Six signs your service probably stinks

Alarm company managers take heed: Spot the signs of bad customer service


This is an amazingly common problem throughout our industry and one which has only one solution. Training! Empower your team with the knowledge and give them the tools to defuse angry customers. Train and empower them to make decisions to resolve these issues and take ownership of them. No matter how good you already think you are at this sign, consider blowing some dust off your wallet to provide on target and industry specific customer service training to help your entire team get better at building relationships and adding value to doing business with your company as opposed to your competitors. If you are unwilling to both train and empower them, the strong message you send everyone is that you just don’t trust them. When you don’t trust them, they will go away, and so will your customers (See sign #3 below). Little or no employee empowerment and training is a three-alarm fire of a sign that your service probably stinks.

 

#3: Loss of long-term customers

 

When you lose a long term customer, you have an enormous bill board of a sign. Once you have built a long term relationship with a customer, your ability to retain that customer significantly increases. This is especially true when something goes wrong. When a customer who would normally give you the benefit of the doubt takes their business elsewhere, I am here to tell you it’s almost always about your service.

 

Think about the good, long-term customers you have lost. What did you do to regain their trust? Were you able to find out the true reason they left, and what did you do with that information to prevent this from happening again in the future? The customers you lose hold the information you need to succeed! No matter what they may tell you, losing a long-time customer is seldom about price, it’s about a loss of faith in the service you provide. How flexible are you at making changes in your policies based on information from lost customers?

 

#4: Poor employee retention (especially in a horrible job market)

 

If you have a revolving door of employees, you have no chance to build a relationship with your customers. Knowledge about individual customers walks out the door with every employee you lose. Do you know why they leave? Even more important, what are you not doing to gain their loyalty and longevity?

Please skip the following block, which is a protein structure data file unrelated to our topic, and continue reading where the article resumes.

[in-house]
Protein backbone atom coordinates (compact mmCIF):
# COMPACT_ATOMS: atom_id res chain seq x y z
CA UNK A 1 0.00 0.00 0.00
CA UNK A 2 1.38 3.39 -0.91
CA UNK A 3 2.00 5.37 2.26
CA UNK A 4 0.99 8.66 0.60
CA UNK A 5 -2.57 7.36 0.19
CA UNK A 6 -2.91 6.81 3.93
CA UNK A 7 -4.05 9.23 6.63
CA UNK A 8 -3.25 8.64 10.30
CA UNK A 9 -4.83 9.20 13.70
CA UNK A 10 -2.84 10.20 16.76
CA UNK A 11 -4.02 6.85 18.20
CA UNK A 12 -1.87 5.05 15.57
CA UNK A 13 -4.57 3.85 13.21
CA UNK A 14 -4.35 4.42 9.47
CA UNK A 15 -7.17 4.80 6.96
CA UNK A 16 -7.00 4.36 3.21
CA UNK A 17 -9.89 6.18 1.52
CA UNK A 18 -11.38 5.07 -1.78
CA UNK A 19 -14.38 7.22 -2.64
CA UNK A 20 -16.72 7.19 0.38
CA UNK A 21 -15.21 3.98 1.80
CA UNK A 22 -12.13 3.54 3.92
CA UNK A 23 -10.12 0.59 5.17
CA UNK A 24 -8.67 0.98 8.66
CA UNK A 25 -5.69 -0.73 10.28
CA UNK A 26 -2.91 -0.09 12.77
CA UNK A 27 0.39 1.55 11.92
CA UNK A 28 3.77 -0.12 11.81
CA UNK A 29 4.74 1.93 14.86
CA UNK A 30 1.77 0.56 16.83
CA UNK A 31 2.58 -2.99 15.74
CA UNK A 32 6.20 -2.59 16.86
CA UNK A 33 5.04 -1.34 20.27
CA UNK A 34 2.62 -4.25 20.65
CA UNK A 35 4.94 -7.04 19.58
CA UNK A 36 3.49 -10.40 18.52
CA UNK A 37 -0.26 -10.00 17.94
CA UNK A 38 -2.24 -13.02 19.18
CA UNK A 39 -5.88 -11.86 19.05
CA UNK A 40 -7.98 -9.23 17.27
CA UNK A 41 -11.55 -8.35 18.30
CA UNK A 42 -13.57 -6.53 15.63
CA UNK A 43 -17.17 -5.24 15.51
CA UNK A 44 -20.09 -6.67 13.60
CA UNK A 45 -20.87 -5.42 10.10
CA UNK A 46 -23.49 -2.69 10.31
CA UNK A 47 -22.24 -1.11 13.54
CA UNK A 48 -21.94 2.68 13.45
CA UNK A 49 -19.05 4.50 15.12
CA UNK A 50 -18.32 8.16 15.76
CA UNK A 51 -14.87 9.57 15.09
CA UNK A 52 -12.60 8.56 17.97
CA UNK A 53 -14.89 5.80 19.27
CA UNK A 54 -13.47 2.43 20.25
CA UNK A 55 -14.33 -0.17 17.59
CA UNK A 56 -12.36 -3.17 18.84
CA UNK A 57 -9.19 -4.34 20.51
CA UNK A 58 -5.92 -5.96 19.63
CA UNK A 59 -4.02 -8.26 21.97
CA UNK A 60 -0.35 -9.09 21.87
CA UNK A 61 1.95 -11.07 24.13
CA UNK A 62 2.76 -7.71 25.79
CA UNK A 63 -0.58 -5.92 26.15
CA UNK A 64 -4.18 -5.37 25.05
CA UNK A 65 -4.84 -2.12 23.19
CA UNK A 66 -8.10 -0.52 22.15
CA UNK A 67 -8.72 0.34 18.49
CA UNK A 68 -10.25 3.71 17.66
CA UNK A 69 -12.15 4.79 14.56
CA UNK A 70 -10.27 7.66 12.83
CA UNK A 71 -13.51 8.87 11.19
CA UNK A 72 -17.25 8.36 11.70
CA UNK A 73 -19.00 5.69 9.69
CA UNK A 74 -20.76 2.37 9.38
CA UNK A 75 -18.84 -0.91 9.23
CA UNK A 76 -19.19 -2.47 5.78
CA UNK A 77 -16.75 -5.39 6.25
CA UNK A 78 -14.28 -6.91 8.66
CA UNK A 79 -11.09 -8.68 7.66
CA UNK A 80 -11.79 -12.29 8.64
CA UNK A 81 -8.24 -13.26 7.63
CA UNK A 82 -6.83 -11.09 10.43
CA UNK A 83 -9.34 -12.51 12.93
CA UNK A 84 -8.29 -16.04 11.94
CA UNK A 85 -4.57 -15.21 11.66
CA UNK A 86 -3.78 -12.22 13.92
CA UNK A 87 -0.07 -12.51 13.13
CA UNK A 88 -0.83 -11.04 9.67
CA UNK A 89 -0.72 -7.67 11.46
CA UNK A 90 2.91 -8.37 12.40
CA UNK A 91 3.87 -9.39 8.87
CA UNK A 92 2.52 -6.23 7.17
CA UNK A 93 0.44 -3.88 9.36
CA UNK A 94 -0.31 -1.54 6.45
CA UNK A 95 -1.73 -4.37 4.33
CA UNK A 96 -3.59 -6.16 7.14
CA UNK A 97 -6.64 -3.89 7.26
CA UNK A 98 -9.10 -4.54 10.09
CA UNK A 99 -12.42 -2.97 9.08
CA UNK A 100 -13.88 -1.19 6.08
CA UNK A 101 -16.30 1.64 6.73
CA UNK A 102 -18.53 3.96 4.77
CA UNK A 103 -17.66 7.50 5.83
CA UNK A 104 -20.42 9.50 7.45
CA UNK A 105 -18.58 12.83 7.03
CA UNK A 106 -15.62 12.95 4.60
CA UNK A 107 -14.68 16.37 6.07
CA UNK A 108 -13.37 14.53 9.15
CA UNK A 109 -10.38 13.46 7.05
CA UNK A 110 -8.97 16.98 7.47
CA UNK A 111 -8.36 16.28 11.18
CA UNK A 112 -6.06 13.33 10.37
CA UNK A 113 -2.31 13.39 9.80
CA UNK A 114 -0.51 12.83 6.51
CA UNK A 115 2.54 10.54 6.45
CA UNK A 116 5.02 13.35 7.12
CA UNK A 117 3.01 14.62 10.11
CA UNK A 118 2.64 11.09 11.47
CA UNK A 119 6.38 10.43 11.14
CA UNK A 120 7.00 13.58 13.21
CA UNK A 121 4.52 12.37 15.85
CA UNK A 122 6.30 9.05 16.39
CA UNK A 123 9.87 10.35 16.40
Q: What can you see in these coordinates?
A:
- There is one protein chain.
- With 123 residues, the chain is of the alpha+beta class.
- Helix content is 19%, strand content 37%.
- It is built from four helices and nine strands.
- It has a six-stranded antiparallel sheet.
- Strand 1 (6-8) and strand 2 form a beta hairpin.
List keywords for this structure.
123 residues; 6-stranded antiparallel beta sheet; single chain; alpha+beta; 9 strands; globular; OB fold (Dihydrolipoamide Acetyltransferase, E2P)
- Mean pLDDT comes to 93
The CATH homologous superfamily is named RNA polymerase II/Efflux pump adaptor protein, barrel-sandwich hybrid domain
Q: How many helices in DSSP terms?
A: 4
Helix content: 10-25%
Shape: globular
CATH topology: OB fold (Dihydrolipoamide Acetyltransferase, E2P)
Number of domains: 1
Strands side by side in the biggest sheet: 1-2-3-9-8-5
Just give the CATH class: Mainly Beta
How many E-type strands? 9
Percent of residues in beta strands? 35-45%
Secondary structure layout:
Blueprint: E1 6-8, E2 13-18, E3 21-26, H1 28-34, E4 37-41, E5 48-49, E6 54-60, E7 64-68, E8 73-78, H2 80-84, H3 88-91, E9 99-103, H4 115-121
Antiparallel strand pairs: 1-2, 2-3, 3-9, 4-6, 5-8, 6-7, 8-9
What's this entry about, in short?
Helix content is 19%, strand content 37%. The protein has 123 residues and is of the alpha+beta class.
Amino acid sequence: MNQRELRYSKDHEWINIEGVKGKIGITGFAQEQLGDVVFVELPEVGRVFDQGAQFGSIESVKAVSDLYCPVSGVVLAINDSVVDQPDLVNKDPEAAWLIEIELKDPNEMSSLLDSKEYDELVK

Sometimes this is a tough problem to identify, and it sometimes takes an outsider to observe your team and operation. Outsiders can see things you are too close to be able to recognize and can create dialogue with employees who will tell them things they would never say to you. This is a sign that is easily missed by upper management. If your front-line employees stay less than three years, you have a bright red flag waiving in the wind.

 

#5: Few referrals and low percentage of renewing customers

 

A new sale followed by a new cancellation is not a terrific business strategy. Taking one out for every account you put in affords you the opportunity of working real hard to stay right where you’re at. If your service is so outstanding (and as business owners, we all tend to think our service is better than our competitors) why aren’t more of your delighted customers sending referrals your way?  Slow organic growth and low renewals are, with very few exceptions, a direct reflection of how your service is being perceived.

 

If your sales team is generating new business everyday but you are taking out as many (or more) than you put in; you might take a look at your service to find out why. When the service relationship you provide exceeds the expectations of your customers, you have an open door to ask for more referrals. At the same time, you can expect to garner a higher percentage of renewals when your service creates a relationship that emotionally bonds people to your company. The old customer moving out of a home does everything he can to help sell your security service to the new prospect moving in. At the same time if your service is truly outstanding, why on earth wouldn’t he take you at his new location if he moves within your market?

 

To quote a wise old mentor, “Satisfied customers buy from you, but delighted customers sell for you.” How do you teach your team to create an emotional bond to doing business with your organization? How much does it cost you not too? There are many simple “no-cost” ways to generate more referrals and resigns when you provide excellent service. If #5 applies to you, your service probably is probably the reason because it stinks.

 

#6: Low employee morale

 

How educated are you in terms of employee morale? If morale is low, your customers will absolutely know it. They will never say a word, but they will feel it. Low morale is not necessarily a result of stinky service; it usually creates service that stinks. When your customers are suffering, rest assured your employees are too.